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The First Five Years of ABLE Demonstrate Powerful Results for Vulnerable Communities

The First Five Years of ABLE Demonstrate Powerful Results for Vulnerable Communities

 Content Editor

December 30th, 2021

Picture of ABLE logo

Five years ago, Oregonians who experience disabilities gained an opportunity to build savings and financial security—while not risking their eligibility for vital federal benefits like Medicaid.

How? The Oregon ABLE Savings Plan, a financial empowerment program administered by the Oregon State Treasury. Treasury also administers a national program, known as ABLE for ALL.

Oregon’s disability community and State Treasurer Tobias Read are celebrating the first five years of the state-offered ABLE plans, and an impressive new milestone: $45 million saved by more than 4,500 people experiencing a disability. Additionally, the average account size has reached $10,000, a new high for the program.

“The number of Oregonians improving their day to day lives and saving for the future through ABLE accounts continues to grow,” said Treasurer Read, in a news release. “This program has a critical role to play in empowering the disability community to strive for their long-term goals and pursue their dreams.”

Congress authorized ABLE plans in the Achieving a Better Life Experience (ABLE) Act of 2014, and Oregon’s Legislature in 2015 gave the green light for Treasury to create Oregon plans. Treasury launched our state-focused and national programs a year later.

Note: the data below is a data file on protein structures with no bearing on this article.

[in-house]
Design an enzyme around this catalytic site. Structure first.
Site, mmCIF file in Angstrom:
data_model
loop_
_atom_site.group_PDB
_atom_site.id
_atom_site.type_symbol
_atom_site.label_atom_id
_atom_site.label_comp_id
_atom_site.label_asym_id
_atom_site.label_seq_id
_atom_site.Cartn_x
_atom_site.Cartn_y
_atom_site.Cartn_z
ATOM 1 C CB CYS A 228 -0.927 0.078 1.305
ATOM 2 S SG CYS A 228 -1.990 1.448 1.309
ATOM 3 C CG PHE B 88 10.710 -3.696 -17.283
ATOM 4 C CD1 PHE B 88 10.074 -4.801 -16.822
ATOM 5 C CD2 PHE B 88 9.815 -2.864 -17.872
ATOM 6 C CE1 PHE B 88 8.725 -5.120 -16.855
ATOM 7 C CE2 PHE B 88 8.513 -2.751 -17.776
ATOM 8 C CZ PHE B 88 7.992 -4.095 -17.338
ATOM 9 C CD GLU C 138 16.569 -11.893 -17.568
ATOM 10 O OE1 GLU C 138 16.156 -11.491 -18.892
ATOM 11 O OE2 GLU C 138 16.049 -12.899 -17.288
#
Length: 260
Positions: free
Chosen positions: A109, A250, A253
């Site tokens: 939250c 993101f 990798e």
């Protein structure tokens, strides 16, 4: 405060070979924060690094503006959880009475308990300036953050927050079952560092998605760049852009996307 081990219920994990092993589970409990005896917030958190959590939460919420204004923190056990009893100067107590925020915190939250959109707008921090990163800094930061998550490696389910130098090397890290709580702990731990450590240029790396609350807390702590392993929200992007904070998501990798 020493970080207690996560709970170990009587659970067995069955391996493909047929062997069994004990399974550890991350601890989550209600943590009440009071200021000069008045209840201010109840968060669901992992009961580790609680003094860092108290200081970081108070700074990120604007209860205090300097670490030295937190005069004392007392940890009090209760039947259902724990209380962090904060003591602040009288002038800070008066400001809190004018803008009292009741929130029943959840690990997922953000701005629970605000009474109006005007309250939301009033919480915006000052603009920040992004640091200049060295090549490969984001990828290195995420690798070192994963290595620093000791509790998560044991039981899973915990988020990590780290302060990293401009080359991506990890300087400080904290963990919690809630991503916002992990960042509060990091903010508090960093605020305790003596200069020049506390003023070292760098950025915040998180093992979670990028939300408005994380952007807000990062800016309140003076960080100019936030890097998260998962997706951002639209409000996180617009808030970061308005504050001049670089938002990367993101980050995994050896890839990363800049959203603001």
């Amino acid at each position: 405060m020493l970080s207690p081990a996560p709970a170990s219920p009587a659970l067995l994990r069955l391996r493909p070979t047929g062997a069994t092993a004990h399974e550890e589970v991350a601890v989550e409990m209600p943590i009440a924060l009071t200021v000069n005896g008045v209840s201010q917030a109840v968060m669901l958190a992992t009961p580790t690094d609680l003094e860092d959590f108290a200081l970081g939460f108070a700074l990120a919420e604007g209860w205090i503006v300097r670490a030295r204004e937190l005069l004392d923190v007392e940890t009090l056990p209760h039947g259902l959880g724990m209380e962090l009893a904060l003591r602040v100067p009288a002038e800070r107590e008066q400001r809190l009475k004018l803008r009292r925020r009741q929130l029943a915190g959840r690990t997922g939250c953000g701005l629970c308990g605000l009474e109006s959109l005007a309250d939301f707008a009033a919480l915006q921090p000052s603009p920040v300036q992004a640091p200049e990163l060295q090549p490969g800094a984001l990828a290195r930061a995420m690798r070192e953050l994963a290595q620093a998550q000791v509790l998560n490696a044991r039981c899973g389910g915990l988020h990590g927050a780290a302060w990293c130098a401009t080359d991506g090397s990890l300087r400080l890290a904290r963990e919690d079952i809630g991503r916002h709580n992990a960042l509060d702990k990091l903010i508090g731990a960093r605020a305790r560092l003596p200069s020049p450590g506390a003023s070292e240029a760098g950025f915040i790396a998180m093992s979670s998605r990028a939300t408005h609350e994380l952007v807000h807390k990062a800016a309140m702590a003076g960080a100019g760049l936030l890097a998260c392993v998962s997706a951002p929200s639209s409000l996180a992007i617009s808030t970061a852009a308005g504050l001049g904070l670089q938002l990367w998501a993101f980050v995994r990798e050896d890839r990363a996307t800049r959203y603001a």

Before the creation of ABLE plans, vulnerable people living with disabilities were functionally forced to live in poverty or else forego vital means-tested benefits, like Medicaid and Supplemental Security Income, which required eligible individuals to have less than $2,000 in their name.

Money saved in ABLE plans are exempt. Funds saved can be used for anything that helps improve the health, independence, or quality of life of a person with a disability.

Allison Falleur Barber, a Financial Coach at Northwest Access Fund, said the availability of ABLE accounts has changed how people with disabilities can think about budgeting and saving, and the fact they no longer need to spend down accounts every month to avoid being “over-resourced.”

“We are able to evolve the financial mindset of our population from one extremely limited by the reality of financial scarcity to one buoyed by the promise of greater financial security,” she said.

Learn more about ABLE at

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